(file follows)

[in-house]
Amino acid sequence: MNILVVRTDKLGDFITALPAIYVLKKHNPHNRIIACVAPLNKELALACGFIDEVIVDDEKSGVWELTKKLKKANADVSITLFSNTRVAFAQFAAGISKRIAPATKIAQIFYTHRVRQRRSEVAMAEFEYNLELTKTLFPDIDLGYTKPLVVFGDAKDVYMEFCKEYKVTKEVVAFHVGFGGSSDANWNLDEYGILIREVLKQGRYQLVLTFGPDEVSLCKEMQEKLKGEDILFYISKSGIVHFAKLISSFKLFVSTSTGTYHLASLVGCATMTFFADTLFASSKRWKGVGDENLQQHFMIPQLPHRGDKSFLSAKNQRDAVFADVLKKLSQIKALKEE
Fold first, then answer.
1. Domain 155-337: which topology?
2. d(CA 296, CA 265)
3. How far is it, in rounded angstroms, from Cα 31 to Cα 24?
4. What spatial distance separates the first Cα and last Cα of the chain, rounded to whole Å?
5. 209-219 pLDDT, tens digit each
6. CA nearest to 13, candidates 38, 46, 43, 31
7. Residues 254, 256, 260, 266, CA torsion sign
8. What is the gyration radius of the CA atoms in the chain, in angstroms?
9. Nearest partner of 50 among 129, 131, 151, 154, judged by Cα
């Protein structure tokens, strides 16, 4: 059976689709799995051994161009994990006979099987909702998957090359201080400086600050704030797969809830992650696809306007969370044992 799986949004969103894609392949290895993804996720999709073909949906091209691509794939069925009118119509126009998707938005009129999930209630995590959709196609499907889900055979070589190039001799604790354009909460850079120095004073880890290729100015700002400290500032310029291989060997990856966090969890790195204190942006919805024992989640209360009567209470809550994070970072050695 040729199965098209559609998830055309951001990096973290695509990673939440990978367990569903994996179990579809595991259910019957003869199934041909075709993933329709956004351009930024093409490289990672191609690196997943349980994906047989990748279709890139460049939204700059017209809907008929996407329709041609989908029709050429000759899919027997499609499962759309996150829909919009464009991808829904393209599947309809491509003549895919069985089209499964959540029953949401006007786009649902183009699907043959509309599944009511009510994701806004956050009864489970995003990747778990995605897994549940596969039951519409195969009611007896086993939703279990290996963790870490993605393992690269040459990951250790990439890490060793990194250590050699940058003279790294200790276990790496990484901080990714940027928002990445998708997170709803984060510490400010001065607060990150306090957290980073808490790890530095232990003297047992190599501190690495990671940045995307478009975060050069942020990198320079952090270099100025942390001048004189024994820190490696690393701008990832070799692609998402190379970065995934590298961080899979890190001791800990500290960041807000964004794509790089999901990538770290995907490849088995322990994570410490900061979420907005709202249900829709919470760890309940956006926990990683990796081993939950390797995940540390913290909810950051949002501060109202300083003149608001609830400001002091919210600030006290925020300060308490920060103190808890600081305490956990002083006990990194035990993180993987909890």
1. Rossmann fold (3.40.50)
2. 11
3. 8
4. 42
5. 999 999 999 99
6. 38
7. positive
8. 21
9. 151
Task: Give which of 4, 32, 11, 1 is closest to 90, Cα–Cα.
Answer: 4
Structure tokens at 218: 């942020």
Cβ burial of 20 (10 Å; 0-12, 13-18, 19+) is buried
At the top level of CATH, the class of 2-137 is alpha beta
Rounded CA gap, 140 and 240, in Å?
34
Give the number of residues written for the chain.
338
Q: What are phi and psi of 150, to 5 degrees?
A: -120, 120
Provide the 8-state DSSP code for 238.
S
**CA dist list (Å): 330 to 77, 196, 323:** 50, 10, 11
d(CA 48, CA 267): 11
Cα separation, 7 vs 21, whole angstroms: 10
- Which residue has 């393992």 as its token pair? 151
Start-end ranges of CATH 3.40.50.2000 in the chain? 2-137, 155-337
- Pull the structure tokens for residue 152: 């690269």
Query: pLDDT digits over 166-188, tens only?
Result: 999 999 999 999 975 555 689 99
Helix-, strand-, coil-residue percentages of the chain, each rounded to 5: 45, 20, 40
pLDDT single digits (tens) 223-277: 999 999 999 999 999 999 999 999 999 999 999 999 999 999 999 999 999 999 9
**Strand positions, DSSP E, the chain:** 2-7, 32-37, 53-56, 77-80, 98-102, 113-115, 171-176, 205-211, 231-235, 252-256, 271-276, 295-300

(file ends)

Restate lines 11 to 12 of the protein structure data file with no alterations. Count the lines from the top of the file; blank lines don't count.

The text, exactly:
8. What is the gyration radius of the CA atoms in the chain, in angstroms?
9. Nearest partner of 50 among 129, 131, 151, 154, judged by Cα